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For many people with classical Hodgkin lymphoma, the disease is one of the most curable forms of cancer with standard chemotherapy or chemo plus radiotherapy. But for the 10 to 30 percent of patients whose cancer relapses, or doesn’t respond to initial therapy, secondary treatment often involves harsher chemotherapies followed by an autologous stem cell transplant, which uses a patient’s own stem cells.

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Sport

Cancer Survivors, Dodger Player Give Hope, Inspiration From Atop City of Hope's 46th Rose Parade Float

Every day, City of Hope physicians, scientists and researchers are making a difference in the lives of people from around the world who have been diagnosed with cancer

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UCLA Study Finds Link Between Breast Cancer Treatments and Cellular Markers of Aging

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A new study has found that women who had received chemotherapy and/or radiation to treat breast cancer were more likely to have high levels of DNA damage and reduced activity of an enzyme involved in chromosome healing, compared to women who underwent surgery alone. The results suggest that some breast cancer survivors may be more vulnerable to biological changes associated with accelerated aging because of their prior treatment.

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Researchers Uncover Cell Changes Behind Therapy-Resistant Cancers, Call for New Clinical Approaches

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A UCLA study in collaboration with the California Institute of Technology (Caltech) shows that skin cancer cells could be chemically changed from within to reflexively alter gene expression patterns and intracellular pathways, which allows the cells to become resistant to targeted drugs.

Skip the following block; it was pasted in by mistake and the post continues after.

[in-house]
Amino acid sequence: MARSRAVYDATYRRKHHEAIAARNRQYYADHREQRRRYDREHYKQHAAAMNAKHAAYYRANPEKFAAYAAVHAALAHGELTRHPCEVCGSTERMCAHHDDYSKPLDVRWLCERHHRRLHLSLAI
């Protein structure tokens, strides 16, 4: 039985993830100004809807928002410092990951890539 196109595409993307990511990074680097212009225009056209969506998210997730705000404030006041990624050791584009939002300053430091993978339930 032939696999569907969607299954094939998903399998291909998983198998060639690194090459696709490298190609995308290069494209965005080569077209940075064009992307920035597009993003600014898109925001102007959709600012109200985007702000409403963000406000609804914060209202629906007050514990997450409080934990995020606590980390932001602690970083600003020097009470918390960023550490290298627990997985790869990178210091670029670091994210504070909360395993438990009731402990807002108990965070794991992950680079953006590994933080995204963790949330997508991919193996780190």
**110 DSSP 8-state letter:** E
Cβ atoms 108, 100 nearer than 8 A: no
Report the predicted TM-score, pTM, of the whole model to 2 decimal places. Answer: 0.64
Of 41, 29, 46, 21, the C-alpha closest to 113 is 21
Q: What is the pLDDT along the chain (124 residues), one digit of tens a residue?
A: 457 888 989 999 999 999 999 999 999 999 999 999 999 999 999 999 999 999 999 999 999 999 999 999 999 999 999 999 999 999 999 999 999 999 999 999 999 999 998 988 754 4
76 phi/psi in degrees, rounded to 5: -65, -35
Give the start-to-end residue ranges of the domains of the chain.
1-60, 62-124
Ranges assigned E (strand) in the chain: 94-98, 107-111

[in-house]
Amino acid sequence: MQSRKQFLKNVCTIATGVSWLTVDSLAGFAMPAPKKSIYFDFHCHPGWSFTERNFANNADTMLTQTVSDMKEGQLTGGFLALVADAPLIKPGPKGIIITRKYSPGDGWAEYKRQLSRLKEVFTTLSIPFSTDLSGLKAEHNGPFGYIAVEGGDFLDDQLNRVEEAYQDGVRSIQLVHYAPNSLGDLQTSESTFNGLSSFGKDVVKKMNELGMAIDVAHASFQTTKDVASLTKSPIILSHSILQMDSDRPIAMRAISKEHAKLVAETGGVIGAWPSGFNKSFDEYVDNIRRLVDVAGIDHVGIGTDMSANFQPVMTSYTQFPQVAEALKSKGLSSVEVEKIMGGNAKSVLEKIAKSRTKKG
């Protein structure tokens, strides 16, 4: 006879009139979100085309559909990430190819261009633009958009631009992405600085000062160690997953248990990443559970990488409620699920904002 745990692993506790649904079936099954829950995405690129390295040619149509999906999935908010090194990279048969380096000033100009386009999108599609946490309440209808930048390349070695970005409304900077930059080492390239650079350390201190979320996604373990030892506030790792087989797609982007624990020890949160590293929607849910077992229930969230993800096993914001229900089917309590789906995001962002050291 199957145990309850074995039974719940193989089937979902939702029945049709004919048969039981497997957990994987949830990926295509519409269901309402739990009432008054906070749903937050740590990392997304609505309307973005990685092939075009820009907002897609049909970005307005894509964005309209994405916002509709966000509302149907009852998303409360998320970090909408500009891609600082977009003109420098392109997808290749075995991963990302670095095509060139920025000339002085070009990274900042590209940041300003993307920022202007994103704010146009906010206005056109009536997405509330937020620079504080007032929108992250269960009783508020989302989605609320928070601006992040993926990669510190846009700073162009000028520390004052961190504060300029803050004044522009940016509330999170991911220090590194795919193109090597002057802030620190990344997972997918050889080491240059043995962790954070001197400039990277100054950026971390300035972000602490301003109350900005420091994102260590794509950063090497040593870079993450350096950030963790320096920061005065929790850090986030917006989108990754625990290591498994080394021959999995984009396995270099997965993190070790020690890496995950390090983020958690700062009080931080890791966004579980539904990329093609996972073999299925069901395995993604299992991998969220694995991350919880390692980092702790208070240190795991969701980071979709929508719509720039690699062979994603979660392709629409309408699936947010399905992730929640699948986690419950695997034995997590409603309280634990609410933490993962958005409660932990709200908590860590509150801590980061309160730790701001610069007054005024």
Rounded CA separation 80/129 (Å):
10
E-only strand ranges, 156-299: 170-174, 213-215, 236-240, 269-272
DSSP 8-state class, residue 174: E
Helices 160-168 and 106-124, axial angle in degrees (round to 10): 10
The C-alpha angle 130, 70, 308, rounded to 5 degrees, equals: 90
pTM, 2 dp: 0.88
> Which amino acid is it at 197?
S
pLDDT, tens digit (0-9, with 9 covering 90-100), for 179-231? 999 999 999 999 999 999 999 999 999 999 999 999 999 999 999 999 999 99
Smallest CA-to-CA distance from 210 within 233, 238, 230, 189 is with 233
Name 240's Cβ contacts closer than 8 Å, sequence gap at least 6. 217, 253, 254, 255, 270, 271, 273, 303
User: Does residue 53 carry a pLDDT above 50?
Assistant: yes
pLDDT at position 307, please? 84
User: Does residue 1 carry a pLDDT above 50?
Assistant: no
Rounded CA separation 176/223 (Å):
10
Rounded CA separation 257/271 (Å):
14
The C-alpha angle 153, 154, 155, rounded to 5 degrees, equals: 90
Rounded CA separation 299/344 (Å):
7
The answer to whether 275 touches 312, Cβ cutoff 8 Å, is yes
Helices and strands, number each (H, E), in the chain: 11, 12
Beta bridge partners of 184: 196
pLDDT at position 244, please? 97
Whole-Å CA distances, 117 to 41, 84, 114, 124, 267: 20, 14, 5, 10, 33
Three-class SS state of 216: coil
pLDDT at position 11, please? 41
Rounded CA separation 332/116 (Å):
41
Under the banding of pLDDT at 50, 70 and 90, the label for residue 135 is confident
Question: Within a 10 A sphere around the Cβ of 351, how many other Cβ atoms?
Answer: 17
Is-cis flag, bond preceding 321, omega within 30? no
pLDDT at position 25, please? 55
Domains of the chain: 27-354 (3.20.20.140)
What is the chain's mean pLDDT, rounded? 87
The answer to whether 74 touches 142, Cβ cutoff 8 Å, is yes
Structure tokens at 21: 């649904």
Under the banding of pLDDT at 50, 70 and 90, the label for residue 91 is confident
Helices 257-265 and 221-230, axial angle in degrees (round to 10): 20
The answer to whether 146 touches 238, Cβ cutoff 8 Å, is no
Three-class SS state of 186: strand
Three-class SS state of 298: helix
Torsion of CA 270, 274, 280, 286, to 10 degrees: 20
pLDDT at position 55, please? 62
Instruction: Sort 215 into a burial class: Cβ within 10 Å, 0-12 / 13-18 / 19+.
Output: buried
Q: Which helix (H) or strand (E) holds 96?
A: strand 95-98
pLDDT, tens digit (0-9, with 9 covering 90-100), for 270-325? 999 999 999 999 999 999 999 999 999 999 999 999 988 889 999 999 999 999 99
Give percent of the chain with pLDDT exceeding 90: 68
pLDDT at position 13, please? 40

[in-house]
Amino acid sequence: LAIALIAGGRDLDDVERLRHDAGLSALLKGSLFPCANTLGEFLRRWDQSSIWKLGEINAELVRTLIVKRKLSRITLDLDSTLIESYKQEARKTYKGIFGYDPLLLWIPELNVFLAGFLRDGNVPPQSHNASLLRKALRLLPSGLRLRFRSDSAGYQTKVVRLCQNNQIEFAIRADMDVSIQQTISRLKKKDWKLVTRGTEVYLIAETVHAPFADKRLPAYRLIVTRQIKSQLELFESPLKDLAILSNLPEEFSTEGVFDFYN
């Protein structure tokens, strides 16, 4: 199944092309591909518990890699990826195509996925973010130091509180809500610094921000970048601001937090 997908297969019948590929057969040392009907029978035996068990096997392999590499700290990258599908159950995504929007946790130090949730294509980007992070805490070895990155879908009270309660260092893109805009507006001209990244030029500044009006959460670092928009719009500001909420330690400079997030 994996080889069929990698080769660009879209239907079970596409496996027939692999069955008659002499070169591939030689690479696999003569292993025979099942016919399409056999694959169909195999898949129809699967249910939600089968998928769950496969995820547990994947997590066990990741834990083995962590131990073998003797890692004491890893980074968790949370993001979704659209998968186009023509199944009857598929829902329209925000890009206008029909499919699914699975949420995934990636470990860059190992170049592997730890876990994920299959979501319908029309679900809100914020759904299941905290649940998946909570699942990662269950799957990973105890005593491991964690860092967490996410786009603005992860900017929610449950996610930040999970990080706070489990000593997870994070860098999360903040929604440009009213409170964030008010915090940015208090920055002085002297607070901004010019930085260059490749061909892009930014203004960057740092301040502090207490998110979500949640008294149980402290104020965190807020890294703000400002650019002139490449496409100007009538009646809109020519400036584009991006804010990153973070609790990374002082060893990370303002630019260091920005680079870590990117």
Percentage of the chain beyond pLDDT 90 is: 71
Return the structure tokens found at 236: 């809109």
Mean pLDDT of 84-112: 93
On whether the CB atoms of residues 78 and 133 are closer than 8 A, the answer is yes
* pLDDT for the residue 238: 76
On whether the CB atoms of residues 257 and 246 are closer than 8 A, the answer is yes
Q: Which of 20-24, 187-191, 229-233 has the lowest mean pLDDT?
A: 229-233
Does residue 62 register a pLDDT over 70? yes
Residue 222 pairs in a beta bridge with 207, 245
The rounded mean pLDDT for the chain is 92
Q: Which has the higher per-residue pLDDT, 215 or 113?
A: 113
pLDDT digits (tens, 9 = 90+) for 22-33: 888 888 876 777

Life

Education

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Health, health journalism , Healthcare, Journalism, journalism grants

USC Annenberg launches Health Journalism Impact Fund with support from the California Wellness Foundation

The USC Annenberg School of Journalism today announced the launch of the Center for Health Journalism Impact Fund, which supports results-focused, explanatory and investigative reporting on the health of underserved communities.

Medicine

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seniors and loneliness, Loneliness, Loneliness and Health, Loneliness and seniors , Aging and Loneliness, Loneliness and Aging

Holiday Loneliness Can Be Harmful to Seniors’ Health

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Loneliness in older Americans is linked to serious medical conditions, including Alzheimer’s disease, stroke and heart disease as well as a higher risk of premature death. But loneliness can be easily overlooked as a health risk because healthcare providers can neglect asking their older patients about their social lives, and many older adults are too proud or embarrassed to ask for help, experts say. Cedars-Sinai geriatricians suggest tips for seniors who may feel especially isolated during the holidays.